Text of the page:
Creations for Charity in Canada Eh!
(not pictured - 5x Swarm Swarmers, 2x Duplo Mega towers - cause I forgot them in storage)
It was my esteemed pleasure to be asked to be the Canadian Distributor for Creations for Charity for the Canadian expansion.
To be honest I was a bit hesitant as LEGO is more expensive in Canada over US, so the donations raised won't buy as many sets as in the states. But I'm so glad I did...
There are tons of people to be thankful for, huge shoutout to Adam M and Jeff R. Adam actually smuggled a trunk full of LEGO from the States and practically gave it to me. Jeff R was my go to guy for local LEGO sales and would pick things up.
By early Nov I thought I was a big C4C hotshot, as I already had four overflowing banker boxes of various sets all at 50% off or less.
Then a Christmas miracle - Kevin and the CEE team at LEGO donated some sets.
So in addition to my measly 35 sets, LEGO donated ONE HUNDRED AND EIGHTY FIVES SETS.
that's 1-8-5. Or Nine boxes. Or 150lbs.
Getting those sets is a story all by itself....
This accounted for roughly 80% of the entire donation by value.
LEGO / Kevin - from the bottom of my heart thank you.
But who to donate to? This was all new to me, we have several toy drives in Toronto, some run through the city, massive children's hospital, fire/police departments, news/radio stations - part of me liked the idea of getting some free press for AFOLs.. but a lot of these drives are pretty well known and supported. For C4C's first foray into Canada I really wanted to make a big impact and I looked for a under served recipient which really needed help.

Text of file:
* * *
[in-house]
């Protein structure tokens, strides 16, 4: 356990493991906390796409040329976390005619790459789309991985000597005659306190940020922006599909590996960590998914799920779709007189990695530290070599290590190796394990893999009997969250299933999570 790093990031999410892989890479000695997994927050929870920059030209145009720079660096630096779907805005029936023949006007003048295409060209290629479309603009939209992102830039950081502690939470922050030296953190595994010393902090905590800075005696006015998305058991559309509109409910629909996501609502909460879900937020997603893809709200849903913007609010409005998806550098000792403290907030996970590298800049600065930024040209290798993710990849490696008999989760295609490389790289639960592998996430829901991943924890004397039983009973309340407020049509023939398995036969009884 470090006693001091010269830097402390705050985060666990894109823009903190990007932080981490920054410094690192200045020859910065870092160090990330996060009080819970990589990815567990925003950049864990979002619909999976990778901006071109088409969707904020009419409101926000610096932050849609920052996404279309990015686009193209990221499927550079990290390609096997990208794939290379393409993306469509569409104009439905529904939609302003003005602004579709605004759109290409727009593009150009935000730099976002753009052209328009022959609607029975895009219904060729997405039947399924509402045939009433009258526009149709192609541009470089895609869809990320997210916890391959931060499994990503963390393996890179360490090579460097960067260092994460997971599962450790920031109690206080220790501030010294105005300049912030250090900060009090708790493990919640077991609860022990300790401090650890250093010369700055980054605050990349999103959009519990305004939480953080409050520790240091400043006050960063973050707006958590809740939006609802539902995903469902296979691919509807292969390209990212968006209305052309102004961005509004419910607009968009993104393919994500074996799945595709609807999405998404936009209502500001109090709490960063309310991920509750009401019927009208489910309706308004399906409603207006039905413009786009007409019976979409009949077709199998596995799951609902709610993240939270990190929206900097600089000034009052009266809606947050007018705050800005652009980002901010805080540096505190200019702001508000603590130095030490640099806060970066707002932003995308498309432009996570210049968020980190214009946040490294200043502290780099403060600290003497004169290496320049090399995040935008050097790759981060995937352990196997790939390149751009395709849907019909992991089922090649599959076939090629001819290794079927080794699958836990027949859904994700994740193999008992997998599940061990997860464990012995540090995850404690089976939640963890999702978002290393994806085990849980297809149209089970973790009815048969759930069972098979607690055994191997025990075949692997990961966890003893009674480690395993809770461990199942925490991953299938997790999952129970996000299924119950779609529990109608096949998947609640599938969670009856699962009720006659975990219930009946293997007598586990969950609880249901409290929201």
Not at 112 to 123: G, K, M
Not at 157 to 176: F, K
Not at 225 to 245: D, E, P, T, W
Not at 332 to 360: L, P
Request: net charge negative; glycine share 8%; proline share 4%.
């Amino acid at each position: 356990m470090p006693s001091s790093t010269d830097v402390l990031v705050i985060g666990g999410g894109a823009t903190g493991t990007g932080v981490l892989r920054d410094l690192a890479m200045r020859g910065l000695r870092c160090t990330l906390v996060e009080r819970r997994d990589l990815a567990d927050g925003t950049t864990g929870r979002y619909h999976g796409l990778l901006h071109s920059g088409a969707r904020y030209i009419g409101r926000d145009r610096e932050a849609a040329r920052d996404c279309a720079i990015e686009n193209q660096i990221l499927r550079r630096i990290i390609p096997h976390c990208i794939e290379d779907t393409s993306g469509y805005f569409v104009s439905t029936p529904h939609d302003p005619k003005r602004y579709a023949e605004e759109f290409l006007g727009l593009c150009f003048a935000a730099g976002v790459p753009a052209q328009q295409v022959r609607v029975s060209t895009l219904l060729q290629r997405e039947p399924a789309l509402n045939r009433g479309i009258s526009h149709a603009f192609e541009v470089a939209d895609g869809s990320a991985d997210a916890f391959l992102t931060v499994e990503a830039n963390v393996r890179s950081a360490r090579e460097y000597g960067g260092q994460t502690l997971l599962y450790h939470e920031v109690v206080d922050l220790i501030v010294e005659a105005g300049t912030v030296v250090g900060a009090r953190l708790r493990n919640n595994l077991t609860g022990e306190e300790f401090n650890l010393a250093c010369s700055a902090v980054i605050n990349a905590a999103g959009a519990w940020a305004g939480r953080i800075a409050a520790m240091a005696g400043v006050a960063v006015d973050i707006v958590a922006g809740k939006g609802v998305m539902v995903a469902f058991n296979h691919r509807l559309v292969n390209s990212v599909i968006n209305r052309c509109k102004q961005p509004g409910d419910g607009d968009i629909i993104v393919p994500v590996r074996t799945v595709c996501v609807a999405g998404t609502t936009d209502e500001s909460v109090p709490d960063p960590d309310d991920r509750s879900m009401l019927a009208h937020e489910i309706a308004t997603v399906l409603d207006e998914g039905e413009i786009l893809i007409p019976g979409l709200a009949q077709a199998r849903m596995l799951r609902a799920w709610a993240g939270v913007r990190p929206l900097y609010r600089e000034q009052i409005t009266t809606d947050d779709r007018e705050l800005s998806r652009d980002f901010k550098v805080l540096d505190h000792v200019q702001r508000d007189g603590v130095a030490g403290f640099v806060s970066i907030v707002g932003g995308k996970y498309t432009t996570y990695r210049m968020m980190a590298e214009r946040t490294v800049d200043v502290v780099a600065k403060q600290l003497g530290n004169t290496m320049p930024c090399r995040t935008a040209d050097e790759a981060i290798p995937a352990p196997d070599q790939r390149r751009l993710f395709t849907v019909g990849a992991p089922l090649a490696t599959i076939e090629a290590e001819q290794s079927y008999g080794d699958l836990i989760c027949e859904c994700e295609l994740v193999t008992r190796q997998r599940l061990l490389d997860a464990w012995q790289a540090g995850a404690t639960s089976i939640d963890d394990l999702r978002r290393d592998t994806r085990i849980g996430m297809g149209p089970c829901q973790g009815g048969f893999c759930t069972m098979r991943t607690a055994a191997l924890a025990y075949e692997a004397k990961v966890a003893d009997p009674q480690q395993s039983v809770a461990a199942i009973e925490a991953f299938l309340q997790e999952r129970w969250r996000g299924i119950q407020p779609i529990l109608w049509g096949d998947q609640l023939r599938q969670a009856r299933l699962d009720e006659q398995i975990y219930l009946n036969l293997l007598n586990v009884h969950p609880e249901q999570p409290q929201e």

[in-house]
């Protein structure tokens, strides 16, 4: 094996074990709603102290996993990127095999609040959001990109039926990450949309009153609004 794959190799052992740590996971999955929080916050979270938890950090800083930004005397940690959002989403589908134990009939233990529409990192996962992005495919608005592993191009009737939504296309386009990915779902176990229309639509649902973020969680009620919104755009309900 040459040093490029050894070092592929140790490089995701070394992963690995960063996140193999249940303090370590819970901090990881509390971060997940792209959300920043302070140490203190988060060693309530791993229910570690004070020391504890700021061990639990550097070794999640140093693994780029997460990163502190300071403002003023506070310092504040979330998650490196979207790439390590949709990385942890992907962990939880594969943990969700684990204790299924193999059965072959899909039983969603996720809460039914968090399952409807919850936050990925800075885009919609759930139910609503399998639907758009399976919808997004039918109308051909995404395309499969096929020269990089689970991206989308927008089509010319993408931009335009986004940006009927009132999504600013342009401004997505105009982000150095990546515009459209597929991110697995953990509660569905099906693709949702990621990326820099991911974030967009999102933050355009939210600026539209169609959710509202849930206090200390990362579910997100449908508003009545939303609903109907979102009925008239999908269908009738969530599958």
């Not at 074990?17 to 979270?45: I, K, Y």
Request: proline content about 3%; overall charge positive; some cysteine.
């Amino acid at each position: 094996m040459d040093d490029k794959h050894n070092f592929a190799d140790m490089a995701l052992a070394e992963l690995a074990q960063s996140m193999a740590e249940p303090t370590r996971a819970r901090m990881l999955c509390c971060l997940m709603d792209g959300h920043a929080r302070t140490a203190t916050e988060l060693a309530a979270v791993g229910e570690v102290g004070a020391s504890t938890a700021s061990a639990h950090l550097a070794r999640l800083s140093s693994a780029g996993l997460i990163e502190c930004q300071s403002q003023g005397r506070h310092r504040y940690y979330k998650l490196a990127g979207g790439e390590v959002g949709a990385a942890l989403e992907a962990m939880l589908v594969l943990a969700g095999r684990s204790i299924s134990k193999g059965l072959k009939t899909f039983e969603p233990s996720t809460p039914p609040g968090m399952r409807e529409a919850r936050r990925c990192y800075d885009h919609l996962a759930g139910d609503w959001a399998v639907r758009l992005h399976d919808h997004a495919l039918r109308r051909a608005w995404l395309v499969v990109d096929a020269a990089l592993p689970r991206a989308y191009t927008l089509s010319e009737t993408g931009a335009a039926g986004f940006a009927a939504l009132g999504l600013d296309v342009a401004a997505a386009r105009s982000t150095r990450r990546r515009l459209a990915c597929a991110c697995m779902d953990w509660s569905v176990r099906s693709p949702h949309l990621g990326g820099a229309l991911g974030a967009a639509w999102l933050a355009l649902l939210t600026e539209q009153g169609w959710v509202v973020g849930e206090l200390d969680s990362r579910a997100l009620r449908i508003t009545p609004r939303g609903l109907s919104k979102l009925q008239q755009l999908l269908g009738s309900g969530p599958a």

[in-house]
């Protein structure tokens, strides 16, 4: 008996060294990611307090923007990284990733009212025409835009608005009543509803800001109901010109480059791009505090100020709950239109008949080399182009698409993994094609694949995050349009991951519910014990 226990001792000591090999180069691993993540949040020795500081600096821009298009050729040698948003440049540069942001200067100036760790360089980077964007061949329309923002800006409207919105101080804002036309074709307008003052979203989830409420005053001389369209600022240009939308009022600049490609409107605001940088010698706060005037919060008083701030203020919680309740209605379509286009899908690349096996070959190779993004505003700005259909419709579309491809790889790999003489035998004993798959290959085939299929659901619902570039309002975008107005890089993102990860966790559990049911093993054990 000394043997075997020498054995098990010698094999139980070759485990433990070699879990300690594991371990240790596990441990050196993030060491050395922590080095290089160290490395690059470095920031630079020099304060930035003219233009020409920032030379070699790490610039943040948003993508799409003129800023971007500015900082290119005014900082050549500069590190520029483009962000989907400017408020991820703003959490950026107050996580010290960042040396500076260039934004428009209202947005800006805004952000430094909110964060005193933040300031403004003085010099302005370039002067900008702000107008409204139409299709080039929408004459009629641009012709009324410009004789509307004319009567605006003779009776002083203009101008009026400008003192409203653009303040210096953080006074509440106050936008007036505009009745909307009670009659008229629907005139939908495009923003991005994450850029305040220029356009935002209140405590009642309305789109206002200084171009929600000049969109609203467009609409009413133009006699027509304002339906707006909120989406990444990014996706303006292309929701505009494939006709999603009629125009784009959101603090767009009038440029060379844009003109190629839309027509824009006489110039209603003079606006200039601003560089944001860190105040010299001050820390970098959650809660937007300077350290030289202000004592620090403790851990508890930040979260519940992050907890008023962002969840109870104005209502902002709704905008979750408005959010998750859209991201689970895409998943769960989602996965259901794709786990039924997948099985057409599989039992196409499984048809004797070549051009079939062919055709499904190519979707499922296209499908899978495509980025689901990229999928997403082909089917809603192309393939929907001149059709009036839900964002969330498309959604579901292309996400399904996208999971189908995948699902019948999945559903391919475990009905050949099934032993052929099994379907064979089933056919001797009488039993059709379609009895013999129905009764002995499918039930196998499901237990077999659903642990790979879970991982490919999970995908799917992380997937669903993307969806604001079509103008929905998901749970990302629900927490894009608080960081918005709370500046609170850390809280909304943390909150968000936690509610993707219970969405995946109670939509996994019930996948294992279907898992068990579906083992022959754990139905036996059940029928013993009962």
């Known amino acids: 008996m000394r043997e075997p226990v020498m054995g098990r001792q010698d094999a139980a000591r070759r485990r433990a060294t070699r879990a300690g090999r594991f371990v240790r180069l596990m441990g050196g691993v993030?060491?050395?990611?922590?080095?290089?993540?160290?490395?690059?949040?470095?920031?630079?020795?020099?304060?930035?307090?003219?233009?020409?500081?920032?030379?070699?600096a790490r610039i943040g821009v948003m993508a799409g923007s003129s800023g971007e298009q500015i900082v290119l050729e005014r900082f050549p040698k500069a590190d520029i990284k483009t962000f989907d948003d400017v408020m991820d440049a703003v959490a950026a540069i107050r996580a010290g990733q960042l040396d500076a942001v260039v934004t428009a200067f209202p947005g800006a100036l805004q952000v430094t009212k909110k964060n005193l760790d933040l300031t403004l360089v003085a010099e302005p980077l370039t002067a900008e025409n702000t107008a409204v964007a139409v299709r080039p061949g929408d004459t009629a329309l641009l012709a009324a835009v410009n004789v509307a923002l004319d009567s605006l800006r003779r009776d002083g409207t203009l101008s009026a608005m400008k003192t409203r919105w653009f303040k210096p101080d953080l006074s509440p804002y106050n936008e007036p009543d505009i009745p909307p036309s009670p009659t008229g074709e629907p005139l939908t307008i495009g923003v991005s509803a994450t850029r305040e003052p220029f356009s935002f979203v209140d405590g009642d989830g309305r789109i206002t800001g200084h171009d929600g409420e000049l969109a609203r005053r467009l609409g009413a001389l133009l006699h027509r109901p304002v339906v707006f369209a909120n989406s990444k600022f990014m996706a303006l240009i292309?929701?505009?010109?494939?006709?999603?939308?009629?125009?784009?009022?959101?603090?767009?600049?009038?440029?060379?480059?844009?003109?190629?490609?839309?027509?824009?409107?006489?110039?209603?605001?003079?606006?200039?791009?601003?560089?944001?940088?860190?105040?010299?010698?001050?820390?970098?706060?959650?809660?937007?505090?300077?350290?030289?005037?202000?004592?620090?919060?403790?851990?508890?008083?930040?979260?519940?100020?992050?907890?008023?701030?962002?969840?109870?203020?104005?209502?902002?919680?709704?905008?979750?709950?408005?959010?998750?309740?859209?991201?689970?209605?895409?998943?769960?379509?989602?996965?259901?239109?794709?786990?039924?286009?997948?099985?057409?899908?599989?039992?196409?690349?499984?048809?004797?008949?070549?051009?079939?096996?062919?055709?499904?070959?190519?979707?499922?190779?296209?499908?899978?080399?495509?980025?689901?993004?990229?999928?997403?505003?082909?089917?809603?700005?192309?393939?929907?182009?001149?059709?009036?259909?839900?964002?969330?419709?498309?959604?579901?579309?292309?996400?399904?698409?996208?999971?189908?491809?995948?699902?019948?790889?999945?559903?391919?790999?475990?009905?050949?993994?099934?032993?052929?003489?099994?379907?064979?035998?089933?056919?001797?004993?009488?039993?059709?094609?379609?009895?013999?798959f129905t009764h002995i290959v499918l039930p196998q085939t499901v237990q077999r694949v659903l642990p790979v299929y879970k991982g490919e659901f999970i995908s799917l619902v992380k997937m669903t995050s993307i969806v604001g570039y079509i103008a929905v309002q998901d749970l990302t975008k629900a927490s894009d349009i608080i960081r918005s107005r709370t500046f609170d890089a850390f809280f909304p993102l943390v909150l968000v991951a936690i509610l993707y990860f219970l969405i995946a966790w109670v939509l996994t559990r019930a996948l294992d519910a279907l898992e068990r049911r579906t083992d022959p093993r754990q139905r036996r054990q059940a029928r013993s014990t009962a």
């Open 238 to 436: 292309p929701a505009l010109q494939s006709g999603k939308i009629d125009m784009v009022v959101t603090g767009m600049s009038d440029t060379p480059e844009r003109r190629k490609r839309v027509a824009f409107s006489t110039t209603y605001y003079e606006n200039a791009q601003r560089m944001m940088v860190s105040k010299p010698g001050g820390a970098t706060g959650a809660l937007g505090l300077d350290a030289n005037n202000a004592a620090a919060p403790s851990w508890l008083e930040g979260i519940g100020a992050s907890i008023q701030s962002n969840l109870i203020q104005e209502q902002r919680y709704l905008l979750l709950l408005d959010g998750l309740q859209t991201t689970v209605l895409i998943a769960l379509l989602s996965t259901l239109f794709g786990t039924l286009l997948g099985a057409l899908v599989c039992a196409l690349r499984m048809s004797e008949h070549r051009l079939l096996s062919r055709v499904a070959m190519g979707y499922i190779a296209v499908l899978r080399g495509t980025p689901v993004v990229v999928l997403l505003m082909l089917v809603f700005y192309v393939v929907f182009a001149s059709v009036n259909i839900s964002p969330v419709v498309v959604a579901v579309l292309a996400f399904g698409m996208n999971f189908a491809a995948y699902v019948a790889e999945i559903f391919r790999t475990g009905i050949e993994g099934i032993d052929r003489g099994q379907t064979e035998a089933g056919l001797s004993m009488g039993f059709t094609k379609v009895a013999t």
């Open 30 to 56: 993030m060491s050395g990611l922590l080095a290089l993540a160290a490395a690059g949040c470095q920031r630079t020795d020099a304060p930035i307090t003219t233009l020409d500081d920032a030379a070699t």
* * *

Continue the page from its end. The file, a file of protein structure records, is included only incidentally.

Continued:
After asking around we settled on Holland Bloorview Kids Rehabilitation Hospital - it's the largest children's rehabilitation hospital in Canada. What's a rehabilitation hospital you ask? Well it's a hospital that specializes in dealing kids / youth with disabilities and conditions. Ranging from things that children were born with or those that suffered a traumatic injury.
What really broke my heart was hearing how 'regular' families have their world turned upside down after a traumatic injury - kids that used to have full lives now have to deal with new realities. Where they're not even worried about what toys they might be getting, they're just trying to get back to some semblance of normality. And what really made me stop and think is what if they have siblings? While the parents are focusing all their energy (and money) helping one, the other(s) are inevitably left out.
So it was an easy choice. It's an easy way to make their lives slightly better, but giving some wicked LEGO sets to them.
But there's more.
They had already identified roughly how much they needed to help the families, plus some buffer to hold over for 'emergencies' ... we had a lot left, thanks to buyers like you and good folks at LEGO.
We had SO much left over, we decided to go around the corner, to Sunnybrook Hospital - Canada's largest Maternity Hospital. What's that you ask? it's when there are newborns might have complications, or early births etc, they aren't necessarily as developed, and this could lead to problems later on in life. And you know what's a great way to develop fine motor skills and get a leg up in life? Yup. LEGO.
The neonatal intensive-care unit (NICU) has a long term program to make sure children get the help they need, including disadvantaged families, and much like every year they are of course looking for help stuffing trees with presents, so we were happy to oblige.
And a huge thanks to Sean, my little elf that helped with the delivery of the sets. It's a big job, and Sean is a big man :)
And thank ALL the people that donated, and purchased MOCs - without you all none of this is possible